I remember being a gay teenager at my prom. I was closeted though and too afraid to admit that I'd asked a female classmate whom I barely knew to the big dance as a mere cover up for my real fantasy- taking a guy to the dance and being gay at prom. I'd yet to come to grips with my homosexuality, so it wasn't hard to convince myself that what I did was not only appropriate but the obvious decision.
I see the world around me changing. Gay teenagers are coming out at earlier ages and gay rights have become a spotlight event on the news. So, when I sat down to watch Prom Queen by John L'Ecuyer, based on the true story of Marc Hall, I thought I had the movie pegged. There would be drama and humor (as most gay films have), overshadowed by hatred and pain.
Very soon through the film I realized how much I myself fed into the thirst for gay hate and bashing and sensationalized drama on the screen. My first thought was, "This film seems like a fantasy." There was a kid who had the strength of Superman, living with way too understanding parents in a Blue Collar town of advocates for all social causes in a school full of overflowing hormones sponsored by an institution that lived by the rules of extreme religious doctrine.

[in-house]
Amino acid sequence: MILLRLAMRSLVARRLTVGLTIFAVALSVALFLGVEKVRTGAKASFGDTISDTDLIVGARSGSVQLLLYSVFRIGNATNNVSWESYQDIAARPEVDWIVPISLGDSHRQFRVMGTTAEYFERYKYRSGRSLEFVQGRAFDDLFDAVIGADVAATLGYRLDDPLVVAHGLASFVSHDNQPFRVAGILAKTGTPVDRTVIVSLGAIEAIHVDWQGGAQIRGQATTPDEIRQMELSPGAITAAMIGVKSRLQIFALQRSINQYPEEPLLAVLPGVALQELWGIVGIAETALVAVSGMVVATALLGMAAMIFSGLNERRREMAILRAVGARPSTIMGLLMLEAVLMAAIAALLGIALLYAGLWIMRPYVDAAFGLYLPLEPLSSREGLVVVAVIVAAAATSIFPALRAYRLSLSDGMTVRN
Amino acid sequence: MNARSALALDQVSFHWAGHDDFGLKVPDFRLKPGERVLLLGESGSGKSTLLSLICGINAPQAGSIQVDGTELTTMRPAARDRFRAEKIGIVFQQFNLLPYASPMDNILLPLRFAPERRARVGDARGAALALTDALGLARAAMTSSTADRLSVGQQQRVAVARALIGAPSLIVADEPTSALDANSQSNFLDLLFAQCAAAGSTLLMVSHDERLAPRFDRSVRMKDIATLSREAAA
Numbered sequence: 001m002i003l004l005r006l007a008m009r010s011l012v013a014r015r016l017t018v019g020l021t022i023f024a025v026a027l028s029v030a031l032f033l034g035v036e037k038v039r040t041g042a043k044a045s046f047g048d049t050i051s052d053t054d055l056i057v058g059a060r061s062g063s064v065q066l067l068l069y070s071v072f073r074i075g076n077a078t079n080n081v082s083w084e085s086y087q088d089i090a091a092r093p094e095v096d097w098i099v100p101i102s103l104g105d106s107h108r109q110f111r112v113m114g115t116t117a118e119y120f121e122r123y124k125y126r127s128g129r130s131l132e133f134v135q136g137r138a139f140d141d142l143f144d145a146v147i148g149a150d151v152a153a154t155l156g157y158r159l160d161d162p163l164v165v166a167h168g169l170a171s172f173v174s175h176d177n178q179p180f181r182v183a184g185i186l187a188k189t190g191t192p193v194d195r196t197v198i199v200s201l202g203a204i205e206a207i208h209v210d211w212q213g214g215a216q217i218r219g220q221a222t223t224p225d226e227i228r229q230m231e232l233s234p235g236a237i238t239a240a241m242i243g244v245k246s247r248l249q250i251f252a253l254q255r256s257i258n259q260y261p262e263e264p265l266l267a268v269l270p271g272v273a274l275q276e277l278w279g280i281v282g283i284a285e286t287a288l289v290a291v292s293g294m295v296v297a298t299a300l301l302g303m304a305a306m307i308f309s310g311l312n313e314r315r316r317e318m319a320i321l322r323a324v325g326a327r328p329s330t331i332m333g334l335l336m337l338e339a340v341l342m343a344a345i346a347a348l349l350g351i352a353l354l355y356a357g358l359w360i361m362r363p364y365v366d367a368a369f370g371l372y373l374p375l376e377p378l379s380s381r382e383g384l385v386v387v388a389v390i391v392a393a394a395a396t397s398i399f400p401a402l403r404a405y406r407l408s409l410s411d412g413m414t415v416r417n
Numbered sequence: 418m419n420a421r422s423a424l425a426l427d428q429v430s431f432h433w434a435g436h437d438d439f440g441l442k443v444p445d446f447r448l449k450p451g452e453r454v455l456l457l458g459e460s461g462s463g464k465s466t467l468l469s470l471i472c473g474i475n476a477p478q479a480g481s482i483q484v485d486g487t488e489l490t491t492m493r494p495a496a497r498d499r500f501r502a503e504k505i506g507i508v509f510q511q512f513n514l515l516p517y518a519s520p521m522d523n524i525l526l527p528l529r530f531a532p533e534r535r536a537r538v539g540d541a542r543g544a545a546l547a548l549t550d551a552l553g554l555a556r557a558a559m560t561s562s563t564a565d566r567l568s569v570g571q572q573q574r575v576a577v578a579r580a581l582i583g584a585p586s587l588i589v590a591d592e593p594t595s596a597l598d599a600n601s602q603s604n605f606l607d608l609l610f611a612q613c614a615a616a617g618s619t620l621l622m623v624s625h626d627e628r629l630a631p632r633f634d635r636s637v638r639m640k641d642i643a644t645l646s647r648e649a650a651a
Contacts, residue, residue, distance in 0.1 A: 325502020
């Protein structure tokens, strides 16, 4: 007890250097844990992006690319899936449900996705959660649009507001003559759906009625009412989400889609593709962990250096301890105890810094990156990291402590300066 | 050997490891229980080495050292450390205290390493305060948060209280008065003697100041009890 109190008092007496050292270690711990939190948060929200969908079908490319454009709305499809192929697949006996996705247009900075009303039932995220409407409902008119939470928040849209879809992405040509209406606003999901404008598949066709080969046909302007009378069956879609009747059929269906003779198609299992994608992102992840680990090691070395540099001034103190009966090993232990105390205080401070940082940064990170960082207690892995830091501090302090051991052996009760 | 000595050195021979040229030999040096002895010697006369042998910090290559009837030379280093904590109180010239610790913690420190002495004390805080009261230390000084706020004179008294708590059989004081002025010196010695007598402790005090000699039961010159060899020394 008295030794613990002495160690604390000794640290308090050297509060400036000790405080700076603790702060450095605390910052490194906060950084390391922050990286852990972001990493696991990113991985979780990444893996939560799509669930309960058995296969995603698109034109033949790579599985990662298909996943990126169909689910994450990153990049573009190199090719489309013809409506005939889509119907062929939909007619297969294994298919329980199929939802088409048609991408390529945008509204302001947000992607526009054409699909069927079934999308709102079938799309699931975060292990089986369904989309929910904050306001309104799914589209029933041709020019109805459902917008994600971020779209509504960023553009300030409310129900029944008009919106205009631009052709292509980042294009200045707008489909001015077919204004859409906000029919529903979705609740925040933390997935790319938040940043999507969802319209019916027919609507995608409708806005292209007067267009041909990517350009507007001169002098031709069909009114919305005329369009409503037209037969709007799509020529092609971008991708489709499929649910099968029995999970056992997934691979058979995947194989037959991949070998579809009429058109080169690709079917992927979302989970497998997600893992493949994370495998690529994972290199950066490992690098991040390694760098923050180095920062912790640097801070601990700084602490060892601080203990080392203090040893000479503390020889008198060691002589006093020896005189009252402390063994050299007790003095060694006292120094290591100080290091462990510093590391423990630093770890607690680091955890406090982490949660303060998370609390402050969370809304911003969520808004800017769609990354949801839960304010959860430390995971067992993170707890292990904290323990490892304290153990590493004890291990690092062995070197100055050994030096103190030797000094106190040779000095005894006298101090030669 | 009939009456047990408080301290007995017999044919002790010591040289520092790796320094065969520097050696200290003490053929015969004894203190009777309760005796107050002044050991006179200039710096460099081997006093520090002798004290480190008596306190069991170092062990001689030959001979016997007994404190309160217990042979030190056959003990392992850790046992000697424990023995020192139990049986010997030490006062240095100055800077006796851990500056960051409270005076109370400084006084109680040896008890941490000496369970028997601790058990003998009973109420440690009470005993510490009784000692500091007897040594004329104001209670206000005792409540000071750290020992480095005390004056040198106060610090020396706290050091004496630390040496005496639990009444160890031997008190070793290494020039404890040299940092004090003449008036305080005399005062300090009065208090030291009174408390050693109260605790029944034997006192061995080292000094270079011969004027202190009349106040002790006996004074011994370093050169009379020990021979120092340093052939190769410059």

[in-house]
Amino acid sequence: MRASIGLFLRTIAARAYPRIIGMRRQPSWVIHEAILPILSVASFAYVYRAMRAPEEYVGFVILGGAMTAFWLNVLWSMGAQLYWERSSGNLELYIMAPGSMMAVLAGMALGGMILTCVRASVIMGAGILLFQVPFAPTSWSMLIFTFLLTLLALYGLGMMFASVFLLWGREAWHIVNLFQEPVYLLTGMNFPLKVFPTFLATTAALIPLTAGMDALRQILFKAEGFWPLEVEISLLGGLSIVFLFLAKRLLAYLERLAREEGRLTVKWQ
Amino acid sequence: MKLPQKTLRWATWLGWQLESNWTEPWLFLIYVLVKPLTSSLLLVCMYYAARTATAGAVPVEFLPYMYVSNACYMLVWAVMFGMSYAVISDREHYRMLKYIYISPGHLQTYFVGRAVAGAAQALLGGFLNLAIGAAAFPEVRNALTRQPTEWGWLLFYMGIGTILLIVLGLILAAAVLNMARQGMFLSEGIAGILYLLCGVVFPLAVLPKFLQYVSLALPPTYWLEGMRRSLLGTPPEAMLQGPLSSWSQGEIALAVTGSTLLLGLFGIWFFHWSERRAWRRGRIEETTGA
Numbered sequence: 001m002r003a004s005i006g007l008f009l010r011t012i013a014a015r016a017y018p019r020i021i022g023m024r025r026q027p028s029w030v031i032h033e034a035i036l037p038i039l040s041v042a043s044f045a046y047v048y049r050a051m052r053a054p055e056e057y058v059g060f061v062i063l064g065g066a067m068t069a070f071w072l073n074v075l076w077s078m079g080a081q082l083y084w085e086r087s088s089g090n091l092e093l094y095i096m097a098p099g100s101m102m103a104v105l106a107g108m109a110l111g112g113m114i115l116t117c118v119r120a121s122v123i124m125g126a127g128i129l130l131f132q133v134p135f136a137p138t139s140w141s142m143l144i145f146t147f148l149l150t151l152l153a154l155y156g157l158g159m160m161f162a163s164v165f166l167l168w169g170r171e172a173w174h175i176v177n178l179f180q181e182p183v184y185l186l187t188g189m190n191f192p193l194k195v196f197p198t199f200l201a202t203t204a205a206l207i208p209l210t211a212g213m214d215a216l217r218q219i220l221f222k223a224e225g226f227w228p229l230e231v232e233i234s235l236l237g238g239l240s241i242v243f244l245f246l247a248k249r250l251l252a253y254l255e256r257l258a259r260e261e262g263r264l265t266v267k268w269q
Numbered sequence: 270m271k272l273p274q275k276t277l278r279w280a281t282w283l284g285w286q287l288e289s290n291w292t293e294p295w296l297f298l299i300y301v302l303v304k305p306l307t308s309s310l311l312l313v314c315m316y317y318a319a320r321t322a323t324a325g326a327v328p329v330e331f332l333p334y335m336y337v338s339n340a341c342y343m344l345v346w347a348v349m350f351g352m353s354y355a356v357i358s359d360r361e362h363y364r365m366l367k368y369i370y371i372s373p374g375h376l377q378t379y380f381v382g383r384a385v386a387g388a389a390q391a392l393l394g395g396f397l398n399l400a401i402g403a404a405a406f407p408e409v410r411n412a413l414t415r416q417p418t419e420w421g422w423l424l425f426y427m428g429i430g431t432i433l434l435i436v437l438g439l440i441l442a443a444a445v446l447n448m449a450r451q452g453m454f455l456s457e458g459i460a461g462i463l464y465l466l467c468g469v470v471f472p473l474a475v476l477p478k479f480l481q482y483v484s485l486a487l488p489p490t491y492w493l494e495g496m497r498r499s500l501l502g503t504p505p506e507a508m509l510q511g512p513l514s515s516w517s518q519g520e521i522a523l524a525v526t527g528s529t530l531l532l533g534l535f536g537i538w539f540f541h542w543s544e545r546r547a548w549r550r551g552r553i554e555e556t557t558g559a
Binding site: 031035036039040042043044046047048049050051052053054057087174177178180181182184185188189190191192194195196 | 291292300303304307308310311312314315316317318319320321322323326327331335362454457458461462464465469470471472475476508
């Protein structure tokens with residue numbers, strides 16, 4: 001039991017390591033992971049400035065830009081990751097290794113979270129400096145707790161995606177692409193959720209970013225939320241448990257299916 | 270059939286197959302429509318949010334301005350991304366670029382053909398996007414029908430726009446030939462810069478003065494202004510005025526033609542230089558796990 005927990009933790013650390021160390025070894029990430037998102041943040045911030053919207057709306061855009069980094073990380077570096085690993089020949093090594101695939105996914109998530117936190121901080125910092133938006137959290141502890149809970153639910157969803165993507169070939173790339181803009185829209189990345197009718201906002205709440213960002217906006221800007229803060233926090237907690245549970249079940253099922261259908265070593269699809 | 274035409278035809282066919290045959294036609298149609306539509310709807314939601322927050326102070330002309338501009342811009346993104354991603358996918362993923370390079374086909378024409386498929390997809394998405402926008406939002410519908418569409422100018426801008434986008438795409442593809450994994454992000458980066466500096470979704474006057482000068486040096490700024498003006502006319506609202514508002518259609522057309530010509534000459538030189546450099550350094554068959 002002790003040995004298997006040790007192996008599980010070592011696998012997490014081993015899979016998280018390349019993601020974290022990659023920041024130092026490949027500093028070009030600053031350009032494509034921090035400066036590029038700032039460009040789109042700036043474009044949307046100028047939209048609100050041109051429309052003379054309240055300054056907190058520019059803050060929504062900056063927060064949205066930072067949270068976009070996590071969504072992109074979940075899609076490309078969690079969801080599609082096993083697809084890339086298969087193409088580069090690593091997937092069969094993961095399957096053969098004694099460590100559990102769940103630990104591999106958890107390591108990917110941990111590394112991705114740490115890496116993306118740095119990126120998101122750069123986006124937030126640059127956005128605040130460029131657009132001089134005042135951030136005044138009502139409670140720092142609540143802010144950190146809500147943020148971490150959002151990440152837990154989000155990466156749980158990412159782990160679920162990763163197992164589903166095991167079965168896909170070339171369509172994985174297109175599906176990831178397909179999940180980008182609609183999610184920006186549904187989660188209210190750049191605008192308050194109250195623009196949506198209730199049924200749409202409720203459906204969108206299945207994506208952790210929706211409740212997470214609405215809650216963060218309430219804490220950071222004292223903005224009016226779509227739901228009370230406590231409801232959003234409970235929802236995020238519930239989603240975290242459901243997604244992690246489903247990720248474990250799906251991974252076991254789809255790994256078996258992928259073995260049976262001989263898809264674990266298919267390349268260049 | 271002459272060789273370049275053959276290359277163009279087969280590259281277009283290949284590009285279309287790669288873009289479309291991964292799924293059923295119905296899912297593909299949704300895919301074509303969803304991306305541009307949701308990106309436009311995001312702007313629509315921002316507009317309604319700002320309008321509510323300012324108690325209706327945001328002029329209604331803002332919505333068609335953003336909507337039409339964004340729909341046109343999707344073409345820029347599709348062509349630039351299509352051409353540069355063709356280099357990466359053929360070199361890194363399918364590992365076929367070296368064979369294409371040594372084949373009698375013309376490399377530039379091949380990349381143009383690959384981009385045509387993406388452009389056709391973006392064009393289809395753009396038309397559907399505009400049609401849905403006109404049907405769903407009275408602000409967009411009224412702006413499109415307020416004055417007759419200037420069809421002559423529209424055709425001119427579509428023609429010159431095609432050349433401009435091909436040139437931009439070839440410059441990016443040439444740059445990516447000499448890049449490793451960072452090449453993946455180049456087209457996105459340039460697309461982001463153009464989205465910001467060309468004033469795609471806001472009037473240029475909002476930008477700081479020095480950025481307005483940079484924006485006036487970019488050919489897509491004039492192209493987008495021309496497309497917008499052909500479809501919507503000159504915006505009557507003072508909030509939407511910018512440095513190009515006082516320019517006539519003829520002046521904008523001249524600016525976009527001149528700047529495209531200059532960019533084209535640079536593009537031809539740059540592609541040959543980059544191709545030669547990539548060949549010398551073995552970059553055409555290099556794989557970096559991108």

There was no obstacle our hero couldn't face. After all, he was only a teenage taking on the entire Catholic faith. Yet, the height of emotion wasn't a broken window or hate mail or fire bombs or beating in the alley, it was a seemingly frail gay teenager who used an ounce of emotion to successfully challenge the Catholic Church in the Canadian Supreme Court.
Seem plausible? I thought not at first until I realized this film was indeed a fairy tale, just like the real story which did come true. But this fantasy was not to be disregarded, but adorned like the simplification of heightened issues in films of the 80's. Where the immediate pain was detention or ruining dad's car or losing the person of your dreams with an underlying mission of greater social change. Not like now when in order for us to believe we have to see the destruction and the irreversible damage at our doorsteps. We have to shed a tear as a precursor to doing the right thing.
Director John L'Ecuyer brought me back to reality. The way it really is and should be- the middle of two extremes. Left to the interpretation of all parties involved with the hopes that in a perfect world we'll meet in the middle.
So I risk banishment, just like Marc Hall, but from the literary point of view for basing a review on message not film editing or acting ability or audience appeal and turning it into an editorial rant for gay equality.
Though in Prom Queen the aforementioned should be applauded, it was the charactered style of fairy tale myth that will propel the gay rights movement and this film forward. Back to the days of Stonewall, when we were unafraid to take on the world for the right to be gay. When risking battery and banishment and ridicule was worth something as seemingly silly as the right to wear a wig. Like Marc Hall risked his future for a slow dance with his boyfriend.
See the comedy/drama Prom Queen and while you're at it get tips on how to be gay at prom.